The fight for Mosul, ISIS’ last stronghold in Iraq, has raged for nearly a month, and Iraqi forces and their allies have moved into the eastern side of the city.
As the battle for Mosul rages, the US-led coalition assisting Iraqi efforts to destroy the terrorist group has continued to hit ISIS targets around the country.
In the clip below, a US-led strike on November 5 takes out a factory in Tal Afar producing one of ISIS’ favourite and most destructive weapons: vehicle-borne improvised explosive devices.
That Tal Afar strike took place about 50 west of Mosul, where four airstrikes that same day targeted ISIS positions, vehicles, weapons systems, and tunnels.
Iraqi forces, fighting with Kurdish peshmerga forces and Shiite militias, have made considerable advances in and around Mosul’s environs, but they have encountered stiffer resistance closer to and inside the city, and progress has slowed.
While ISIS has a favourable position in terms of defending the city, its supply lines are much more tenuous, and resupply has become an issue for the terrorist group.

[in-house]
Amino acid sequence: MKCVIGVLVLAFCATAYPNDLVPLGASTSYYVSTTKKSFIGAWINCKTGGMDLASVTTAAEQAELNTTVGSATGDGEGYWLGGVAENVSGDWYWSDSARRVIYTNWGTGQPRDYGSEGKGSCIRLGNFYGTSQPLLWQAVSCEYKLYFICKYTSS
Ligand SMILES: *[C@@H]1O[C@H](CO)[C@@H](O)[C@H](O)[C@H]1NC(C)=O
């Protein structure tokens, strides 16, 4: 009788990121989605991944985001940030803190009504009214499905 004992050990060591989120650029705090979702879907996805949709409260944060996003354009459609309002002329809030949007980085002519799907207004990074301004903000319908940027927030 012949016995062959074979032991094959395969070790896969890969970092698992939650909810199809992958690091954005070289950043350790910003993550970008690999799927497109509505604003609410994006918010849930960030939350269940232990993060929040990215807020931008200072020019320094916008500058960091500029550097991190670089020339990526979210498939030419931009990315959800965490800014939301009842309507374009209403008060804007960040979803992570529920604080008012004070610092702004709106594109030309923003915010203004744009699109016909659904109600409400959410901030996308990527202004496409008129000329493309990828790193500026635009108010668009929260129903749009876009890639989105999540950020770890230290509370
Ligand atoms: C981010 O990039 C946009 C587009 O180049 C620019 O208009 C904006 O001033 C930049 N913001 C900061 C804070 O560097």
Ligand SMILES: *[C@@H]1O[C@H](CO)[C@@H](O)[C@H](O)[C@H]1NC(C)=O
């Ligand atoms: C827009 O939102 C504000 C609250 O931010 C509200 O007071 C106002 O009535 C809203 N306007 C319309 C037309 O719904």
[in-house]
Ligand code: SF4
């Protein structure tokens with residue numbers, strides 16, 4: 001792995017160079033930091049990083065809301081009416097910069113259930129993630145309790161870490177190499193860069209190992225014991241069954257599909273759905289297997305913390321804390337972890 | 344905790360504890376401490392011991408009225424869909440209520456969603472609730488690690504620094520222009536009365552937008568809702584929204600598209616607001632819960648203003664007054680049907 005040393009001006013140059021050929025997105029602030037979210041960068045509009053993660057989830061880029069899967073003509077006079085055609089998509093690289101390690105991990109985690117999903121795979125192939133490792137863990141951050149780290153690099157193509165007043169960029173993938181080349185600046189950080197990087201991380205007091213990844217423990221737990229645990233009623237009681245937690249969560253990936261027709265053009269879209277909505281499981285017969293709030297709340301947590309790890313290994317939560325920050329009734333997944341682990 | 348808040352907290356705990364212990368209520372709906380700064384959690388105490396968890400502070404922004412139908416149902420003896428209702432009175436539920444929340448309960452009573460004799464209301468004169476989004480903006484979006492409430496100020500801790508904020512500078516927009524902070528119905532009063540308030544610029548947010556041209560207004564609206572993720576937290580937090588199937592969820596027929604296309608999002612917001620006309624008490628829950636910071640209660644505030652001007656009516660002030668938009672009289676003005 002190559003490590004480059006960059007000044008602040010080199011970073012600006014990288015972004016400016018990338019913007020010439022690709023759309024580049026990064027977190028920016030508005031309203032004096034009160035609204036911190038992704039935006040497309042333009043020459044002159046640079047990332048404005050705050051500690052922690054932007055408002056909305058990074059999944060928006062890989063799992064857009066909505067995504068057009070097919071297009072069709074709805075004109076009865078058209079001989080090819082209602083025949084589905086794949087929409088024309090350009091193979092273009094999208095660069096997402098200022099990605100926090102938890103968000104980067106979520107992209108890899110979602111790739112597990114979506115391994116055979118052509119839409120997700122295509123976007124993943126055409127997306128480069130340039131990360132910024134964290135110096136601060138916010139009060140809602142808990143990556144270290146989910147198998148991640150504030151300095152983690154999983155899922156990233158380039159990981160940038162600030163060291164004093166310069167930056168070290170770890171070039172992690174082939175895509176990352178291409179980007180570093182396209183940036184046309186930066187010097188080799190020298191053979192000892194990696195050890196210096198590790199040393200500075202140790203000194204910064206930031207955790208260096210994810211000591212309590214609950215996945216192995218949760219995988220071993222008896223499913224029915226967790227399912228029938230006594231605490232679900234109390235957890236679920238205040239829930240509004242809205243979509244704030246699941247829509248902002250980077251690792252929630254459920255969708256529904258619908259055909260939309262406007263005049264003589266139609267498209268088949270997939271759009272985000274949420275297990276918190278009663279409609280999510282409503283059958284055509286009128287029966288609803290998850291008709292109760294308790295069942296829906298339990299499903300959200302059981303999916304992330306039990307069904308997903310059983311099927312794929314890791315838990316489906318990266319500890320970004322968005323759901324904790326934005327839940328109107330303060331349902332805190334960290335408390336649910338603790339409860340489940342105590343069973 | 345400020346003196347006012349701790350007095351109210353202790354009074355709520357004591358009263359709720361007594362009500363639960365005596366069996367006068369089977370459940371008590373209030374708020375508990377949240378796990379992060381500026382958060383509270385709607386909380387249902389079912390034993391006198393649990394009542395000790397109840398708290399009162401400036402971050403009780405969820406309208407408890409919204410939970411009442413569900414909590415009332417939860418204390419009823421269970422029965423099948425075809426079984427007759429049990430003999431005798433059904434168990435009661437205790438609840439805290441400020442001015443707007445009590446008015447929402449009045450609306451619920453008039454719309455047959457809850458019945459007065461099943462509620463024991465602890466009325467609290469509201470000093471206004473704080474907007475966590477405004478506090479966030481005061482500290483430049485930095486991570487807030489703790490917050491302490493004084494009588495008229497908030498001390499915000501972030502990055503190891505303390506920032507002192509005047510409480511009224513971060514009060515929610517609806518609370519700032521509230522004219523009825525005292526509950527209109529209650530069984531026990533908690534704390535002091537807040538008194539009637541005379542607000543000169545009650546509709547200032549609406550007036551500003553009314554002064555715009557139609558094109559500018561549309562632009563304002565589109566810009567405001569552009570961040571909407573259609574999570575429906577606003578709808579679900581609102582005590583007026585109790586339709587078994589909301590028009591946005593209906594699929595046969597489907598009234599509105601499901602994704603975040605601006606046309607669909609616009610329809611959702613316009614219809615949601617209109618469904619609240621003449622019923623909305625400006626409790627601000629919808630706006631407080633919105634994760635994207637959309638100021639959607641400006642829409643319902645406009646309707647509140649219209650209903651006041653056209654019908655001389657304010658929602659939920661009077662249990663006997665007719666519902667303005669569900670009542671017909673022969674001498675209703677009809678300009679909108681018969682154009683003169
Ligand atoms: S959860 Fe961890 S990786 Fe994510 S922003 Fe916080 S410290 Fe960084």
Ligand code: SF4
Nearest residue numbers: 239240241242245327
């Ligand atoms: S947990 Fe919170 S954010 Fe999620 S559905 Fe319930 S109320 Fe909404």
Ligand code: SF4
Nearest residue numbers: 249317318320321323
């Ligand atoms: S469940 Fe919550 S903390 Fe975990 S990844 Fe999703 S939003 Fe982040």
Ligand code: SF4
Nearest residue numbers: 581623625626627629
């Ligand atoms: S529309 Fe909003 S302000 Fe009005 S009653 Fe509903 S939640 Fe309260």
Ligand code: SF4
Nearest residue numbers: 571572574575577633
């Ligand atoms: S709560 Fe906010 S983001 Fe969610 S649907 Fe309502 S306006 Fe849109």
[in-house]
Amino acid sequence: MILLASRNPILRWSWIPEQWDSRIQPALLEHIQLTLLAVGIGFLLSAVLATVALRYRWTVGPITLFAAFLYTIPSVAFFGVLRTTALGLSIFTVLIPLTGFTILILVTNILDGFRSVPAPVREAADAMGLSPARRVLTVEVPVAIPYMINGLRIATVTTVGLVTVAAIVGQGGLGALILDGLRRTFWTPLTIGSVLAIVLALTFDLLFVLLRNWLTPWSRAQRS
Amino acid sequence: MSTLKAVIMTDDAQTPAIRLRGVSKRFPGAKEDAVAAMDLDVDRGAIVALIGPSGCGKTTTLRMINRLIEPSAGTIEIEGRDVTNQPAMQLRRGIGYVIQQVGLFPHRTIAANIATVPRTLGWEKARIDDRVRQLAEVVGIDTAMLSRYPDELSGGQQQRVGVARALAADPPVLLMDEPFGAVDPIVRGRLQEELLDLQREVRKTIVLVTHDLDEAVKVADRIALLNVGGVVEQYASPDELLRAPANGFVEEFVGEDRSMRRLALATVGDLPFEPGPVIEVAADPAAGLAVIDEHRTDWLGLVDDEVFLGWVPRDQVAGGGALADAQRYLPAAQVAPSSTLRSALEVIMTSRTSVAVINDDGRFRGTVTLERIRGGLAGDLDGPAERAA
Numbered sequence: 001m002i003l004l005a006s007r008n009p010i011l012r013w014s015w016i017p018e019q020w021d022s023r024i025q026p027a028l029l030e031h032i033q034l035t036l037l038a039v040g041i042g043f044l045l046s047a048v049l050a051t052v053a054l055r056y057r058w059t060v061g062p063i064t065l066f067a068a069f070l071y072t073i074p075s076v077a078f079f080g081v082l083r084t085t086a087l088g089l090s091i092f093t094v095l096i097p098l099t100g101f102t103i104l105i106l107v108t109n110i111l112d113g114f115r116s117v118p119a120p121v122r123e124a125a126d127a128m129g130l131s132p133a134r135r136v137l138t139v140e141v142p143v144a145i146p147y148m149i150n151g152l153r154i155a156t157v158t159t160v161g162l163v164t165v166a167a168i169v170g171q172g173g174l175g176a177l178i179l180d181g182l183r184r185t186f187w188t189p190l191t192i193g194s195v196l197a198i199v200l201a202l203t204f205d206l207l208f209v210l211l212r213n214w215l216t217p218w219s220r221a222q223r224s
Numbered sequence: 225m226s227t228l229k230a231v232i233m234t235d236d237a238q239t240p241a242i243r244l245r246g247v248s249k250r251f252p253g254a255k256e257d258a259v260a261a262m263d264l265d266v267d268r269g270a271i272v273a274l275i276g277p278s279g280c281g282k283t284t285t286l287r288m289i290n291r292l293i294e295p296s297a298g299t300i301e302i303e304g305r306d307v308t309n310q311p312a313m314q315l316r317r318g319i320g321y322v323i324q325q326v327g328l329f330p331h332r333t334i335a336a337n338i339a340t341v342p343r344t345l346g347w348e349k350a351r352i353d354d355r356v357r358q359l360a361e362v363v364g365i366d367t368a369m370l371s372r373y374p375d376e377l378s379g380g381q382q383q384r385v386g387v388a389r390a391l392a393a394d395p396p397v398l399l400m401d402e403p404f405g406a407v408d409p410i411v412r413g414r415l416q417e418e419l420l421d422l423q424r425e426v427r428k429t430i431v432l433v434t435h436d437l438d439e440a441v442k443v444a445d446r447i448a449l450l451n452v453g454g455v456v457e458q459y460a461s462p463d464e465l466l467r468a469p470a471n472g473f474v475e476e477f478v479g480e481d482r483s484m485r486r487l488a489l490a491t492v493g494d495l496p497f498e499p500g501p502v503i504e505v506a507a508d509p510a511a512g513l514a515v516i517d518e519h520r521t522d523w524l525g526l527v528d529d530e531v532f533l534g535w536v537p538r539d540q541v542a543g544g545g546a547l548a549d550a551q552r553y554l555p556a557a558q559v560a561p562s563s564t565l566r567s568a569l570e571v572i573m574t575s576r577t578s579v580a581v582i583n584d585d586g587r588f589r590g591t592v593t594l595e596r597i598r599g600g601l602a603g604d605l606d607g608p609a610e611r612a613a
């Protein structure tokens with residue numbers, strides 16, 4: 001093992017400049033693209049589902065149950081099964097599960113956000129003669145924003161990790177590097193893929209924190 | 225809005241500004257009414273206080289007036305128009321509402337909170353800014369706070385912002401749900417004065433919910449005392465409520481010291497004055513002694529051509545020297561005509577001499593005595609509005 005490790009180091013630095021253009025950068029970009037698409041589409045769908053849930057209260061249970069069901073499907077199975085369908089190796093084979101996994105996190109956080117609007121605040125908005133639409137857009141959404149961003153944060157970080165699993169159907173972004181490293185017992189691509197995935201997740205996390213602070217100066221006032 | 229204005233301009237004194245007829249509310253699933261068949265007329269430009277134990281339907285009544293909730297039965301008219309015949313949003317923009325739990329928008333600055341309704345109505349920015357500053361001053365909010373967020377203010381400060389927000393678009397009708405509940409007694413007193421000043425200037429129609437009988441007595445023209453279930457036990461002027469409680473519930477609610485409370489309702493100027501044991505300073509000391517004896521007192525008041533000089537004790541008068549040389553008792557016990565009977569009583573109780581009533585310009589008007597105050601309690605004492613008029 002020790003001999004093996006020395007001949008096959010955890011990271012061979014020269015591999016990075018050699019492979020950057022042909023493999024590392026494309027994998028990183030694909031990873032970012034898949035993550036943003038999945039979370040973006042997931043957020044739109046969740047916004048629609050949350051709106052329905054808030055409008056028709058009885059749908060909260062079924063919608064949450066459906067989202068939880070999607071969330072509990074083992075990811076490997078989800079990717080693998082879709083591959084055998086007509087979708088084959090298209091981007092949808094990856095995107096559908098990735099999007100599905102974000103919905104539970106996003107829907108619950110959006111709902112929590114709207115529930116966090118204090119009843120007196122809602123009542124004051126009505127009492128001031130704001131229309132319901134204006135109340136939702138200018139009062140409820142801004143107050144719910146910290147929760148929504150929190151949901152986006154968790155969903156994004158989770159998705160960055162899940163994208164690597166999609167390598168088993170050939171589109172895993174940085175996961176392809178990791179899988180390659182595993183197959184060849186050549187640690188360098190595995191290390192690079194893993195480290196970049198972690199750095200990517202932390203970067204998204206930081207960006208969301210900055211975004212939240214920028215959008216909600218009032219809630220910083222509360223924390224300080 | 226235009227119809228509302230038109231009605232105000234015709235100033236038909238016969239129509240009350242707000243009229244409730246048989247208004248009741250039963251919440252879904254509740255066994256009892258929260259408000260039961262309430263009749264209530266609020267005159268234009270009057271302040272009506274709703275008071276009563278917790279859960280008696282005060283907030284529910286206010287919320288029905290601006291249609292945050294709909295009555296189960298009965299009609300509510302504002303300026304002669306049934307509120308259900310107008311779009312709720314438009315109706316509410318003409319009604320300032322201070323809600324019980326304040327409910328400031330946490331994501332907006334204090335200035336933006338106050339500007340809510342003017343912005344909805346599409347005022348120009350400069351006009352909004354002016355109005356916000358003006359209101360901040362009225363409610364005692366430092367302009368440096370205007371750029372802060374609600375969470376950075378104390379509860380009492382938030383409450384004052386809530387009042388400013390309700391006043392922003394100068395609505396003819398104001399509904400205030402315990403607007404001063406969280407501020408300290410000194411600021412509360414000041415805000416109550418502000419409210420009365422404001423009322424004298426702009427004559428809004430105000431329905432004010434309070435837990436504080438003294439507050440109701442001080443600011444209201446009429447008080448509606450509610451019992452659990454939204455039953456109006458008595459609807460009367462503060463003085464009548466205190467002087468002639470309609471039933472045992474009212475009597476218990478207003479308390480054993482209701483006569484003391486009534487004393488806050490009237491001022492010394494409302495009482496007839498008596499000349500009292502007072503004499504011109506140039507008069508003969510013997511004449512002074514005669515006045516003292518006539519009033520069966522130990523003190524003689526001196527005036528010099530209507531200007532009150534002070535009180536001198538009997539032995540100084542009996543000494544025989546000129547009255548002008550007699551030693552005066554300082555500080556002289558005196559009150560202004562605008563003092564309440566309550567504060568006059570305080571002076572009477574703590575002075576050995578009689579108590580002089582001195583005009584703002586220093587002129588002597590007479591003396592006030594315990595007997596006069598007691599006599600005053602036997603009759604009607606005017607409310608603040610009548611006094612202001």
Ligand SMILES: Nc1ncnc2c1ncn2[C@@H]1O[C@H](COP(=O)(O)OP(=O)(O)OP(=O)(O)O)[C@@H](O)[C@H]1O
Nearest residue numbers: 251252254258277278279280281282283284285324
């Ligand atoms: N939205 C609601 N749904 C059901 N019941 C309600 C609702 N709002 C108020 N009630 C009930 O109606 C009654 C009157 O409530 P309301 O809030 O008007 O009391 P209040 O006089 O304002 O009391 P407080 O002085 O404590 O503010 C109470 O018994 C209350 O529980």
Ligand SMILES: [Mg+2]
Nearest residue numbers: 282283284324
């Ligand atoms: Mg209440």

The pressure of the Iraqi-led offensive has also affected the psychology of the group, giving rise to more suspicion within its ranks.
Reports indicate that executions have become more common, as ISIS leadership suspects its members and the people within its territory of plotting against it or of aiding the forces it is fighting.
Iraqi civilians — in particular the million or so still inside Mosul, some of whom are facing hunger — have suffered especially harshly as the Mosul offensive wears on.
Their presence in the city has put them in the line of fire between ISIS and Iraqi forces, sometimes by design of the terrorist group, which has executed dozens in recent days, sometimes for simply having a mobile phone. In areas liberated from ISIS, Iraqi forces have been accused of abusing and executing civilians suspected of having ties to the terrorist group.
Meanwhile, in the US, the incoming administration of President-elect Donald Trump has hinted that it will appoint several advocates of the US’s 2003 invasion of Iraq — which in part led to the rise of ISIS years later — to top national-security positions.
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